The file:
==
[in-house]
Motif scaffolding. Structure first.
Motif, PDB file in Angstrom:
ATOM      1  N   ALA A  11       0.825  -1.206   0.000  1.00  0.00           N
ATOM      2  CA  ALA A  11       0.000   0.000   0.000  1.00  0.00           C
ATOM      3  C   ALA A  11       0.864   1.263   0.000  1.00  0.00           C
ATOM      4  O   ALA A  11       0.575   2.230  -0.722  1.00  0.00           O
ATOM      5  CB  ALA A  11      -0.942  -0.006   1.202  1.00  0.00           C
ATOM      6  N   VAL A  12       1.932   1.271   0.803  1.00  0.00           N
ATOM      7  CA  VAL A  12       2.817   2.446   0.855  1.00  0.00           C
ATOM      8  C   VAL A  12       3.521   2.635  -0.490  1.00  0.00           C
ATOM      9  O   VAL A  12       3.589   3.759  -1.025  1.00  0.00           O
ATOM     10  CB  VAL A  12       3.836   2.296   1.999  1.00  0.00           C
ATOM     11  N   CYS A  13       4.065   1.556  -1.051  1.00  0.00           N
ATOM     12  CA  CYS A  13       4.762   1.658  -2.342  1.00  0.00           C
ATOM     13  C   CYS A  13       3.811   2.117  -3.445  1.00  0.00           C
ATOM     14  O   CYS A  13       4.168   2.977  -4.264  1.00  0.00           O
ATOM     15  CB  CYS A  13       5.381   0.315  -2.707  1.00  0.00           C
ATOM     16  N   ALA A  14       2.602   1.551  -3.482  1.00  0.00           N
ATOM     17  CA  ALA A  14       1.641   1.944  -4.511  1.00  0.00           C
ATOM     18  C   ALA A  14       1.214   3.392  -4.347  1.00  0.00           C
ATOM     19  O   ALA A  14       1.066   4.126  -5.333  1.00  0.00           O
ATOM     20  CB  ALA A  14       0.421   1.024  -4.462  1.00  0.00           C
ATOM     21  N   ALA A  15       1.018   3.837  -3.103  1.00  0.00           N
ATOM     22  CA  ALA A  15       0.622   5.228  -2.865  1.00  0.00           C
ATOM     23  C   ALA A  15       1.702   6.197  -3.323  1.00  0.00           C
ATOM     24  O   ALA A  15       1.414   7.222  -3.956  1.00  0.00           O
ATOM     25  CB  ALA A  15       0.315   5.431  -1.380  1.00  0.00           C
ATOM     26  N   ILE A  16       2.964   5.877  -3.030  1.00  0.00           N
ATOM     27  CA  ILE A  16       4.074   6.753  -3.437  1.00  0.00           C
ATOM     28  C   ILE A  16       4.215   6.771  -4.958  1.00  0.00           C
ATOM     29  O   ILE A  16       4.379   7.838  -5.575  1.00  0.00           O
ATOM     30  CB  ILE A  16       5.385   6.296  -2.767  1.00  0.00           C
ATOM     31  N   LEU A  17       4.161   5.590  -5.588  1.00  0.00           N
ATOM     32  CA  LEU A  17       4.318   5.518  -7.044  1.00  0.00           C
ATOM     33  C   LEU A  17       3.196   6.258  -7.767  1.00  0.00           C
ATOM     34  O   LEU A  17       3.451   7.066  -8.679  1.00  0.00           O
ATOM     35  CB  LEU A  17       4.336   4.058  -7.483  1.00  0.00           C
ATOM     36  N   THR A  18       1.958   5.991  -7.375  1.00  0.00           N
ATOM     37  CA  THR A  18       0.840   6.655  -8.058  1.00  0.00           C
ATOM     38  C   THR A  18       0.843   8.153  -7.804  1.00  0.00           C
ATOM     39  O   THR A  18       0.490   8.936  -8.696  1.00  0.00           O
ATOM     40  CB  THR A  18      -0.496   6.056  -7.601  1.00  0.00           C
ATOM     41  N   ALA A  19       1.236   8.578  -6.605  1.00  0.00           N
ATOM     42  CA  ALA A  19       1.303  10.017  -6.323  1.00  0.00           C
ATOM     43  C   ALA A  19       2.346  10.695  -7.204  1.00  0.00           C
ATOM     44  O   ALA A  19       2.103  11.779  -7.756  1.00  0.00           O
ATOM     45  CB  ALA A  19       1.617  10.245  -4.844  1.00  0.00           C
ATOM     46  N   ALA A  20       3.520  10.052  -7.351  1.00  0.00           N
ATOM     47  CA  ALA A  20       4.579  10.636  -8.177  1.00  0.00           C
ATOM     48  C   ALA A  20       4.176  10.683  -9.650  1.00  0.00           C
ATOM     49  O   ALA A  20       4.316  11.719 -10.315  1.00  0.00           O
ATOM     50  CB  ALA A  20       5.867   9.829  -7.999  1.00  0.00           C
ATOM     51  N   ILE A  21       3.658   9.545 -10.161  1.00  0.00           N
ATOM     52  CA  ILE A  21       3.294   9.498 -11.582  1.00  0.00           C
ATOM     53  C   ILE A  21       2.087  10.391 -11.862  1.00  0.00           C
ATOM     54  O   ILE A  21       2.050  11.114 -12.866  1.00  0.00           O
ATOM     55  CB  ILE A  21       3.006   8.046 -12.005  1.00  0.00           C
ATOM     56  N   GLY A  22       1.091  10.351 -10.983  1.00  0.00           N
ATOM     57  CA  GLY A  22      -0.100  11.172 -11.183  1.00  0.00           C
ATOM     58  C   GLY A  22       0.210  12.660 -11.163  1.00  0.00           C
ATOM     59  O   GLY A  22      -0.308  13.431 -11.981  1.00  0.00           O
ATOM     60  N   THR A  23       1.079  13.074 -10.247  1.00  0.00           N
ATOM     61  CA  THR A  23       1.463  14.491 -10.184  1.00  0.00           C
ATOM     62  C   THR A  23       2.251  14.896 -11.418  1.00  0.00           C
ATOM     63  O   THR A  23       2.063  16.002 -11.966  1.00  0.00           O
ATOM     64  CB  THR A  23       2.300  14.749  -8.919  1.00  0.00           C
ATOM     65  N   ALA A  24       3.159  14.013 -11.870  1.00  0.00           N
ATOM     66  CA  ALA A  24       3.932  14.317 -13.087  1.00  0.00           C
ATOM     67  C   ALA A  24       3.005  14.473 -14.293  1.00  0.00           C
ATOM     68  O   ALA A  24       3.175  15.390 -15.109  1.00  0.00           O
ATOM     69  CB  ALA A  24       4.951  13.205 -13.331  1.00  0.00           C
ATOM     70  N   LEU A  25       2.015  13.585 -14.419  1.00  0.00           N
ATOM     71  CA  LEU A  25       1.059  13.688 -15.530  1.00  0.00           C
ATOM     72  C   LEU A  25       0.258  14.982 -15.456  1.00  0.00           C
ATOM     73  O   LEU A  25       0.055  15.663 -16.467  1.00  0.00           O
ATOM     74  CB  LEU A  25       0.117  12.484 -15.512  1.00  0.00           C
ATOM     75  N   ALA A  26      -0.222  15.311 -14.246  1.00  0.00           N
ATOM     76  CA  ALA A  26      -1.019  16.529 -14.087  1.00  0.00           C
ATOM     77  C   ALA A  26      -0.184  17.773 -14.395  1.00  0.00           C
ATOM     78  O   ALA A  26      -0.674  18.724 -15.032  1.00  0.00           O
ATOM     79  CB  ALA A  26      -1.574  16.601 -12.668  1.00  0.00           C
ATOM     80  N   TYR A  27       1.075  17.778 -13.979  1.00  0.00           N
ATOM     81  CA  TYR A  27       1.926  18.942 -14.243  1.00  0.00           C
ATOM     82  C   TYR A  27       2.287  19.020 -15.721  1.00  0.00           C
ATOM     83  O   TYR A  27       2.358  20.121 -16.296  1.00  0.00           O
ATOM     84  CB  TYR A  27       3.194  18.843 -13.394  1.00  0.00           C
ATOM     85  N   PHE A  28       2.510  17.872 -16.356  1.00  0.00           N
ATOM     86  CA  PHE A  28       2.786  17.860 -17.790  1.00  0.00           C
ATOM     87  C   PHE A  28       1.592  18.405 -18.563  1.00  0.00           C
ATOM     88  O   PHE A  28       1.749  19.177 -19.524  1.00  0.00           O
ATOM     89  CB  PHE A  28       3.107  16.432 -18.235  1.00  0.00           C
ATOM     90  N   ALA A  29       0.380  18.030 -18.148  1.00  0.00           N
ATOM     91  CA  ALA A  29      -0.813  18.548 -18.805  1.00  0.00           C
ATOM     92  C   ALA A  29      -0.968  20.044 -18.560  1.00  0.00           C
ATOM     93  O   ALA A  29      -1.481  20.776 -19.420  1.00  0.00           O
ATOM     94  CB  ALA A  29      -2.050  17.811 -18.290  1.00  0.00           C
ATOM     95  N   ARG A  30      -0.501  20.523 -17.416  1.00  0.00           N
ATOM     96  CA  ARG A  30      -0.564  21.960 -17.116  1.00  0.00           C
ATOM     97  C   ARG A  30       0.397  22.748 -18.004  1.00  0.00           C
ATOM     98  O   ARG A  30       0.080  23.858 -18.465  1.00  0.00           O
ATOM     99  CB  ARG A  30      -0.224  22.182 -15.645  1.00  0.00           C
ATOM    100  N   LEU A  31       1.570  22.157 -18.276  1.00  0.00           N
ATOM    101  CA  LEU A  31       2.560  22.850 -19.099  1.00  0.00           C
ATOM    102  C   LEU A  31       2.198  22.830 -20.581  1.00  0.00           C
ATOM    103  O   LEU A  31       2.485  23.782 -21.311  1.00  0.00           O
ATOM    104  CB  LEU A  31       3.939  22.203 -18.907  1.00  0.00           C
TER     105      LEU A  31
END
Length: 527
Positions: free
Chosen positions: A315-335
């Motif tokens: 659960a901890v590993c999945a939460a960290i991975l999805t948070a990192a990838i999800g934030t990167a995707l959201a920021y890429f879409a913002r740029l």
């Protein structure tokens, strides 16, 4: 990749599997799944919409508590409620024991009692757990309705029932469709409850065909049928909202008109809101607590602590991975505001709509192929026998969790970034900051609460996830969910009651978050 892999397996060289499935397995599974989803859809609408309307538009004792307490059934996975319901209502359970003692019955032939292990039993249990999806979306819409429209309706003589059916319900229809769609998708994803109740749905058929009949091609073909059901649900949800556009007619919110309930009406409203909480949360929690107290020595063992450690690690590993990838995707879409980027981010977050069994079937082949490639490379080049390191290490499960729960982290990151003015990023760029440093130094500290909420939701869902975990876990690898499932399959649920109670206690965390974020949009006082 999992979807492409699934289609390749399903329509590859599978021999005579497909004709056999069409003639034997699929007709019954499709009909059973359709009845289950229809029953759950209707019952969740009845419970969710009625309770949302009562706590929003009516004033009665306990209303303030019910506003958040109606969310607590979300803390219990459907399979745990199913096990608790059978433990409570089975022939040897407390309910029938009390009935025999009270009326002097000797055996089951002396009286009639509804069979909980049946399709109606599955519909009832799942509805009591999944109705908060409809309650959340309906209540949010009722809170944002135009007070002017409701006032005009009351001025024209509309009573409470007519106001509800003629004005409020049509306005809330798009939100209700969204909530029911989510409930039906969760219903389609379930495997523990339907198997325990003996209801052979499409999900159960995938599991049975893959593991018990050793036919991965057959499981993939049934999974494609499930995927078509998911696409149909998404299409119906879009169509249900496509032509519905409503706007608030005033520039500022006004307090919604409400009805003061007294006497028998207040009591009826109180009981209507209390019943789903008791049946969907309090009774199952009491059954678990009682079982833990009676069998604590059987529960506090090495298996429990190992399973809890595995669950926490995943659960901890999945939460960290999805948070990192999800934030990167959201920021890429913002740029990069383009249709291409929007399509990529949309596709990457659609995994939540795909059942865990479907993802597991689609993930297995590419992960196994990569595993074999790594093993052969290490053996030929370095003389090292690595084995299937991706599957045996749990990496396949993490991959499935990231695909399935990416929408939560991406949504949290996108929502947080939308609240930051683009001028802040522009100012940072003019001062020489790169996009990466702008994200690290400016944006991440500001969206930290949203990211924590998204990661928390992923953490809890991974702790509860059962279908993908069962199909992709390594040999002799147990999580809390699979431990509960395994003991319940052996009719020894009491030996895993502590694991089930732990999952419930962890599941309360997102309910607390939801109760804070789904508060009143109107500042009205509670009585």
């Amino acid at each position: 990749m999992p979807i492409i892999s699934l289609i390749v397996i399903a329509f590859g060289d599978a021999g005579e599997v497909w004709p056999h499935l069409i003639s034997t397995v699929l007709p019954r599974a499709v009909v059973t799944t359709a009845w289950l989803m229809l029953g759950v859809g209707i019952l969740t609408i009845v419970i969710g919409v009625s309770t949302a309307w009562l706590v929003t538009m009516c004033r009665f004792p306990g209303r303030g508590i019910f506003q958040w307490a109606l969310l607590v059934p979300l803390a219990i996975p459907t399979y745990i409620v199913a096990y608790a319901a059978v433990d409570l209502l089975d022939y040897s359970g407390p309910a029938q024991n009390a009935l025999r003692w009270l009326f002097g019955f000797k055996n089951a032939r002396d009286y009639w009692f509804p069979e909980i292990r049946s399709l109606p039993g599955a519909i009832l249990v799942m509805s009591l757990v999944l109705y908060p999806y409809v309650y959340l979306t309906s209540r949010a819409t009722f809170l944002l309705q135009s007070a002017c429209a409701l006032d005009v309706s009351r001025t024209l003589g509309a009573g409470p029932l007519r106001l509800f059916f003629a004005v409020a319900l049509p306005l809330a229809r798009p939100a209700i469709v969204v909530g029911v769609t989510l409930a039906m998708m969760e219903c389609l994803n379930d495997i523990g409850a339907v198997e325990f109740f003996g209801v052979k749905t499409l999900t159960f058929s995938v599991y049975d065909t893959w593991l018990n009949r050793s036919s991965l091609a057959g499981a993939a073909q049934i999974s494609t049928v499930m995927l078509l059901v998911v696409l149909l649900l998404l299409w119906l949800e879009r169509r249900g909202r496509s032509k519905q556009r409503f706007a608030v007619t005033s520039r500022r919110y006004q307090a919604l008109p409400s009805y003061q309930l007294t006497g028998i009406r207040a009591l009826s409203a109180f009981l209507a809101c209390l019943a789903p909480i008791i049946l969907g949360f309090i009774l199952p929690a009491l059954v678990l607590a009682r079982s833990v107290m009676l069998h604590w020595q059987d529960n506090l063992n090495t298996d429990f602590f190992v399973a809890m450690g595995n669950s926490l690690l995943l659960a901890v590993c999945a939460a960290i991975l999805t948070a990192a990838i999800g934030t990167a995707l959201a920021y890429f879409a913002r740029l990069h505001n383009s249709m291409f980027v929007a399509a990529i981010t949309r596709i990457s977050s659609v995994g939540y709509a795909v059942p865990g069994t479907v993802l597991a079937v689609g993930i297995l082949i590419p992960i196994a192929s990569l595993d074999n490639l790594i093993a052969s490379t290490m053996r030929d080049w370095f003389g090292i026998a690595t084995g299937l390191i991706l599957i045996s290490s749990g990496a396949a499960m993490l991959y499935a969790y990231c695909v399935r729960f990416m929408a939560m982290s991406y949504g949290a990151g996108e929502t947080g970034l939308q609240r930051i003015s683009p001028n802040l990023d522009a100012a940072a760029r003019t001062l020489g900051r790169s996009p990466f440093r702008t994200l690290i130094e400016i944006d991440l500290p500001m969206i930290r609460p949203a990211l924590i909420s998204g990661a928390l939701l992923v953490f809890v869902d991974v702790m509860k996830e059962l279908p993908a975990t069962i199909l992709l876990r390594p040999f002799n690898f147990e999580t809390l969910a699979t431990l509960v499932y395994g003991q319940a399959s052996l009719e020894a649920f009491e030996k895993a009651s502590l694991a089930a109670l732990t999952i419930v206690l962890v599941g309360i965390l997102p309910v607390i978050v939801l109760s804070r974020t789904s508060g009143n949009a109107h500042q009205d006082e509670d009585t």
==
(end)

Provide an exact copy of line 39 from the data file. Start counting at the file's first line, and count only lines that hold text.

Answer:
ATOM     36  N   THR A  18       1.958   5.991  -7.375  1.00  0.00           N